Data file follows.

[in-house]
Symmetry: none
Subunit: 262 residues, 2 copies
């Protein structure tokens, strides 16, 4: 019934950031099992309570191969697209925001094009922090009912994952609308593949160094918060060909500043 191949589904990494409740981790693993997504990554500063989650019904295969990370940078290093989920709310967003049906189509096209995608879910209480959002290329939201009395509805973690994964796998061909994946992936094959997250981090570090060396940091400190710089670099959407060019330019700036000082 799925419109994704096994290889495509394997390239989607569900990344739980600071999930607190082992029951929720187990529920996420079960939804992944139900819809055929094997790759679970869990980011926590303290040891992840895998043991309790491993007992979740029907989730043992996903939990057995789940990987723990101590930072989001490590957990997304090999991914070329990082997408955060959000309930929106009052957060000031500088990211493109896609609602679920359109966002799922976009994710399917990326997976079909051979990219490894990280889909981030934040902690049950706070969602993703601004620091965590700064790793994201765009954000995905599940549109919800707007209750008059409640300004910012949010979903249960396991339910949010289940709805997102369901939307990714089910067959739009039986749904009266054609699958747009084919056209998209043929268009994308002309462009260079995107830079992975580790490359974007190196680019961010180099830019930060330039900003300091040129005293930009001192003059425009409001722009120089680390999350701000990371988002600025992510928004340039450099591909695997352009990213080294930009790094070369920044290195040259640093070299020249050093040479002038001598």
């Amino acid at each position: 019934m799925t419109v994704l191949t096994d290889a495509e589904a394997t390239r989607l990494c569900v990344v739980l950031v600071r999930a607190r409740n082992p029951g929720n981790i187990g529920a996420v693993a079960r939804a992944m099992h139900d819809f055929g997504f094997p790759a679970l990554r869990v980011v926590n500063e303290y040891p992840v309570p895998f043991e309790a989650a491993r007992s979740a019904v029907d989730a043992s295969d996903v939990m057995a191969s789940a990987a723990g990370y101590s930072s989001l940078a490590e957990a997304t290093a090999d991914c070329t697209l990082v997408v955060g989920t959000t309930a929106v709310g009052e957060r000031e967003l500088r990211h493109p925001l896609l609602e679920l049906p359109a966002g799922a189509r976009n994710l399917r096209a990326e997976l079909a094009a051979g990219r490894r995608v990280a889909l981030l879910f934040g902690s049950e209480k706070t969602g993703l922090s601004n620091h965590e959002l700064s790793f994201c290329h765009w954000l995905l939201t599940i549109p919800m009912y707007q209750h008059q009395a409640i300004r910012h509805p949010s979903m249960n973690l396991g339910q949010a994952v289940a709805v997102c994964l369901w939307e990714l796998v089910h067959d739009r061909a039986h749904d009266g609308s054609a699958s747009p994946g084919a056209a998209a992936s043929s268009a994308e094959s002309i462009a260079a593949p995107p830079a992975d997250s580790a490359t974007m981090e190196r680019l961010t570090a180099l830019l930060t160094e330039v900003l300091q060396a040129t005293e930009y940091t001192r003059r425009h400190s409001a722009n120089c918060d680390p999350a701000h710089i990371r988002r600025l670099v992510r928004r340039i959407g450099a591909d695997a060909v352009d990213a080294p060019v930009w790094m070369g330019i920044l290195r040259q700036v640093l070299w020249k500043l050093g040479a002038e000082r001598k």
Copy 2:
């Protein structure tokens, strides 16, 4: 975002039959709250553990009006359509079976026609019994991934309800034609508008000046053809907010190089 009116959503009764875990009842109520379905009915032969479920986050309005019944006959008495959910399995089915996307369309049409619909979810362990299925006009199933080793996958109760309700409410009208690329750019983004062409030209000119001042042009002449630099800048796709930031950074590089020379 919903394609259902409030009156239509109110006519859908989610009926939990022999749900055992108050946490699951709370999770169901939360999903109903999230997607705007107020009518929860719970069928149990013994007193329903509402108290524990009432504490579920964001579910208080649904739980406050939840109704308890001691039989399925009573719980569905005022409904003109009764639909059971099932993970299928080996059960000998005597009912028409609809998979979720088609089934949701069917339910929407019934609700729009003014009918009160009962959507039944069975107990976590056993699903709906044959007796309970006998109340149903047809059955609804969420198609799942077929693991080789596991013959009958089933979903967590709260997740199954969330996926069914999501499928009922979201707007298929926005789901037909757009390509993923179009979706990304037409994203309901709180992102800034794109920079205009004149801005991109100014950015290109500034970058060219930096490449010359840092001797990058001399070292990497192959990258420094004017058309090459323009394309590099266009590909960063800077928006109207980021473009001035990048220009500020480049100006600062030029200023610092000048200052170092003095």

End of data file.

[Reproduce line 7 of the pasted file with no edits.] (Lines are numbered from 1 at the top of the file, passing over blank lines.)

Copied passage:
């Protein structure tokens, strides 16, 4: 975002039959709250553990009006359509079976026609019994991934309800034609508008000046053809907010190089 009116959503009764875990009842109520379905009915032969479920986050309005019944006959008495959910399995089915996307369309049409619909979810362990299925006009199933080793996958109760309700409410009208690329750019983004062409030209000119001042042009002449630099800048796709930031950074590089020379 919903394609259902409030009156239509109110006519859908989610009926939990022999749900055992108050946490699951709370999770169901939360999903109903999230997607705007107020009518929860719970069928149990013994007193329903509402108290524990009432504490579920964001579910208080649904739980406050939840109704308890001691039989399925009573719980569905005022409904003109009764639909059971099932993970299928080996059960000998005597009912028409609809998979979720088609089934949701069917339910929407019934609700729009003014009918009160009962959507039944069975107990976590056993699903709906044959007796309970006998109340149903047809059955609804969420198609799942077929693991080789596991013959009958089933979903967590709260997740199954969330996926069914999501499928009922979201707007298929926005789901037909757009390509993923179009979706990304037409994203309901709180992102800034794109920079205009004149801005991109100014950015290109500034970058060219930096490449010359840092001797990058001399070292990497192959990258420094004017058309090459323009394309590099266009590909960063800077928006109207980021473009001035990048220009500020480049100006600062030029200023610092000048200052170092003095």